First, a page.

- Jacobs, Louis. "Rosh Ha-Shanah." Encyclopaedia Judaica. Ed. Michael Berenbaum and Fred Skolnik. Vol. 17. 2nd ed. Detroit: Macmillan Reference, 2007. 463–466.
- See Numbers 29:1
- "Exodus 34:18 "Celebrate the Festival of Unleavened Bread. For seven days eat bread made without yeast, as I commanded you. Do this at the appointed time in the month of Aviv, for in that month you came out of Egypt". biblehub.com. Retrieved September 10, 2018.
- "Bible Gateway passage: Exodus 34:18 – International Standard Version". Bible Gateway. Retrieved September 10, 2018.
- Mulder, Otto (2003). Simon the High Priest in Sirach 50: An Exegetical Study of the Significance of Simon the High Priest As Climax to the Praise of the Fathers in Ben Sira's Concept of the History of Israel. Brill. p. 170. ISBN 9789004123168.
- "OU on Elul". Ou.org. Archived from the original on March 23, 2006. Retrieved September 10, 2018.
- Mishnah, Rosh Hashanah 1:1
- Babylonian Talmud; Poskim
- Josephus writes in Antiquities of the Jews (1.3.§ 3) concerning the "second month", when the flood of waters appeared in the days of Noah: "This calamity happened in the six-hundredth year of Noah's government, in the second month, called by the Macedonians Dius, but by the Hebrews Marchesuan; for so did they order their year in Egypt; but Moses appointed that Nisan, which is the same with Xanthicus, should be the first month for their festivals, because he brought them out of Egypt in that month: so that this month began the year as to all the solemnities they observed to the honour of God, although he preserved the original order of the months as to selling and buying, and other ordinary affairs."
- Babylonian Talmud, Rosh Hashana 11b–12a; Rabbi Yehoshua says that the flood was in the second month counting from Nisan, but Rabbi Eliezer says that it was in the second month counting from Tishri, and the Sages agree with Rabbi Eliezer; Aramaic Targum of Pseudo-Jonathan ben Uzziel on Genesis 7:11: "In the six-hundredth year of the life of Noah, in the second month, being the month of Marheshvan, for hitherto they did not count the [lunar] months except from Tishri, insofar that it is the New Year for the completion of the universe."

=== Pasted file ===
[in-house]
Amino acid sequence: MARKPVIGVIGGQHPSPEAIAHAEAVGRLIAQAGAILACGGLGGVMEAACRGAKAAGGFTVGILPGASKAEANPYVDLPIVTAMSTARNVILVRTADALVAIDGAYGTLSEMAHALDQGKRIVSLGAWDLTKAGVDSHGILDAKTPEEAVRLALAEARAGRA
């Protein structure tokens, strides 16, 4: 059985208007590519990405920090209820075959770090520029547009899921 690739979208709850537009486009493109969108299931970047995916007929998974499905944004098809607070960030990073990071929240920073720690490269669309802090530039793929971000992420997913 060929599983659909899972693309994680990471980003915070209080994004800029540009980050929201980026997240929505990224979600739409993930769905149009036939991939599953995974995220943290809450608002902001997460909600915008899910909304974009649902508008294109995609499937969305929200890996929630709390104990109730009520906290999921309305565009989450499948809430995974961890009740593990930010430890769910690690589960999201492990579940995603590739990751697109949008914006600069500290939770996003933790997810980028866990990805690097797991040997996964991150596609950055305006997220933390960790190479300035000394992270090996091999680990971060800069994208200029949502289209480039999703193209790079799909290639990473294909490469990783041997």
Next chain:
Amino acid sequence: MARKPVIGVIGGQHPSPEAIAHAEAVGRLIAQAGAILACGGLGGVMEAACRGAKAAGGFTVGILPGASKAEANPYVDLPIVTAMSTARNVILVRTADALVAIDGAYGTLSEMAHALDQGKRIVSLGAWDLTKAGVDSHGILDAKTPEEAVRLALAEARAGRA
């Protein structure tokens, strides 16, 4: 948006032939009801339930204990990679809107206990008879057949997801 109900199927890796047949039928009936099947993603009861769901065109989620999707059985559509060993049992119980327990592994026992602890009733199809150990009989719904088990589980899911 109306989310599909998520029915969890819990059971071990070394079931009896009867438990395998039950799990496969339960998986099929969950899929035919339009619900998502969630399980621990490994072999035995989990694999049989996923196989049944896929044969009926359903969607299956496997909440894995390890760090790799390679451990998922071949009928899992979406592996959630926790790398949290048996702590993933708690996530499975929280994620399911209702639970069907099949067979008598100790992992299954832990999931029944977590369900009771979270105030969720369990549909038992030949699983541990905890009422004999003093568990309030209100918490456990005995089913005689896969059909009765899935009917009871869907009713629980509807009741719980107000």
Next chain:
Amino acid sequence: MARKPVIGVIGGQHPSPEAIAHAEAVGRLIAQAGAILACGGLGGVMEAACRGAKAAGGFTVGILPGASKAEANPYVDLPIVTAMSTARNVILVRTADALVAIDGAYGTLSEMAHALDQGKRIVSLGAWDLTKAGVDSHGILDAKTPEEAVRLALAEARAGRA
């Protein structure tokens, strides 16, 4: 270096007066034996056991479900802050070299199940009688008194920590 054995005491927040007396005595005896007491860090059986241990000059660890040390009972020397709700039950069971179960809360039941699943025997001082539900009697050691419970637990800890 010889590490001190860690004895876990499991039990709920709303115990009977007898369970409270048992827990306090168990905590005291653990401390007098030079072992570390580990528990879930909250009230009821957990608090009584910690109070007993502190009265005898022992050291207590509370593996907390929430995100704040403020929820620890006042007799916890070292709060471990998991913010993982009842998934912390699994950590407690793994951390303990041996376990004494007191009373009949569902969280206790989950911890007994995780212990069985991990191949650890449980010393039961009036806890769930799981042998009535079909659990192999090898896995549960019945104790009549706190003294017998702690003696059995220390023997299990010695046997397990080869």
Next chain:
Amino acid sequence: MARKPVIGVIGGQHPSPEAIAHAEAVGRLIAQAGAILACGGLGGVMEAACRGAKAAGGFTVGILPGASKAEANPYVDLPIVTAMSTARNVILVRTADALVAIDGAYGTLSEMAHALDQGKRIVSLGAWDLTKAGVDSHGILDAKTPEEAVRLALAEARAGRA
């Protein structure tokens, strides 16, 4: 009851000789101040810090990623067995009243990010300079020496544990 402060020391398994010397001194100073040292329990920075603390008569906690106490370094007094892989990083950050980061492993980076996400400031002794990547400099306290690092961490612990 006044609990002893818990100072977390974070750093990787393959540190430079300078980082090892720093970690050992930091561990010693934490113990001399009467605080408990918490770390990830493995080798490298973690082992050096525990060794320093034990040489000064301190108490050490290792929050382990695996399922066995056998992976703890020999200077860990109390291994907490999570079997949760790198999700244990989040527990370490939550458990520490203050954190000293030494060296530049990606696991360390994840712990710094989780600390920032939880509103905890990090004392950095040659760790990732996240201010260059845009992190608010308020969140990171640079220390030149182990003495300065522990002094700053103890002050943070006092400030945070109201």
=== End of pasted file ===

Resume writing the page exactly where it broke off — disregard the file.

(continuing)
- Tractate on Rosh Hashanah I,2
- Tractate on Rosh Hashanah, I,16b
- Psalms 69:29
- ArtScroll Machzor, Rosh Hashanah. Overview, p. xv.
- Maimonides, Yad, Laws of Repentance 3:4
- Jewish Law permits the Shofar to be blown in the presence of a rabbinical court called the Sanhedrin, which had not existed since ancient times. A recent group of Orthodox rabbis in Israel claiming to constitute a modern Sanhedrin held, for the first time in many years, an Orthodox shofar-blowing on Shabbat for Rosh Hashanah in 2006. TheSanhedrin.net: Shofar Blowing on Shabbat (translation of Haaretz Archived January 26, 2009, at the Wayback Machine article)
- "How Yom Teruah Became Rosh Hashanah". Nehemia's Wall. September 26, 2014. Retrieved September 10, 2018.
- "Karaite Jews of America". The Karaite Jews of America. Retrieved September 10, 2018.
- Tractate Rosh Hashanah 1:1
- "An early Rosh HaShanah? – Ask the Rabbi". Oztorah.com. Retrieved September 10, 2018.
- Tractate Rosh Hashanah 20a
- A popular mnemonic is "lo adu rosh" ("Rosh [Hashanah] is not on adu"), where adu has the numerical value 1-4-6 (corresponding to the numbering of days in the Jewish week, in which Saturday night and Sunday daytime make up the first day).
- Rav David Bar-Hayim. "Rosh HaShanna in Israel: One Day or Two?". Machon Shilo website. Jerusalem: Machon Shilo. Retrieved September 10, 2018.
Includes link for Audio Shiur in English
- "Do Reform Jews Celebrate One or Two Days of Rosh HaShanah?". August 21, 2013. Retrieved September 10, 2018.
- Exploring Sephardic Customs and Traditions, Marc Angel, p. 49
- "Brief Summary of the Keter Shem Tov's (Rabbi Shem Tov Gaguine) comments on the various minhagim practiced on the two nights of Rosh HaShanah at the evening seudoth (vol 6, pp. 96–101) compiled and explained by Albert S. Maimon". Archived from the original on June 15, 2009.
- Debby Segura (September 18, 2008). "The Rosh Hashanah Seder". Retrieved September 10, 2018.
- Sternberg, Robert The Sephardic Kitchen: The Healthful Food and Rich Culture of the Mediterranean Jews, Harper Collins, 1996, pp. 320–321, ISBN 0-06-017691-1
- Babylonian Talmud (Keritot 6a)
- Rashi (ibid.) calls rubia by its Hebrew name "tiltan" (Heb. תלתן), which word he explains elsewhere as being fenugreek. However, Rabbi Hai Gaon, in one of his responsum in "Otzar Ha-Geonim", seems to suggest that "rubia" (Heb. רוביא) means cowpeas, or what others call, "black-eyed peas" (פול המצרי). Rabbi Hai Gaon's disciple, Rabbi Nissim ben Jacob (in his Commentary known as Ketav Hamafteah), thus explains the word לוביא, in our case spelled רוביא, as meaning non-other than cowpeas (פול המצרי), describing them as having a "dark eye in its center". Jews of North-Africa traditionally make use of stringed beans in place of rubia.
- Spice and Spirit: The Complete Kosher Jewish Cookbook, 1990, New York, p. 508
- Posner, Menachem. "What Is Shanah Tovah? New Year Greeting Translation and More: The meaning of the traditional Rosh Hashanah wishes". Chabad.org. Retrieved September 10, 2018.
- Bottner, Lauren (September 21, 2011). "From Selichot to Simchat Torah". Jewish Journal. TRIBE Media. Retrieved September 10, 2018.
- "Jewish Holiday Greeting Chart". Patheos.com. July 26, 2012. Archived from the original on September 26, 2014. Retrieved September 10, 2018.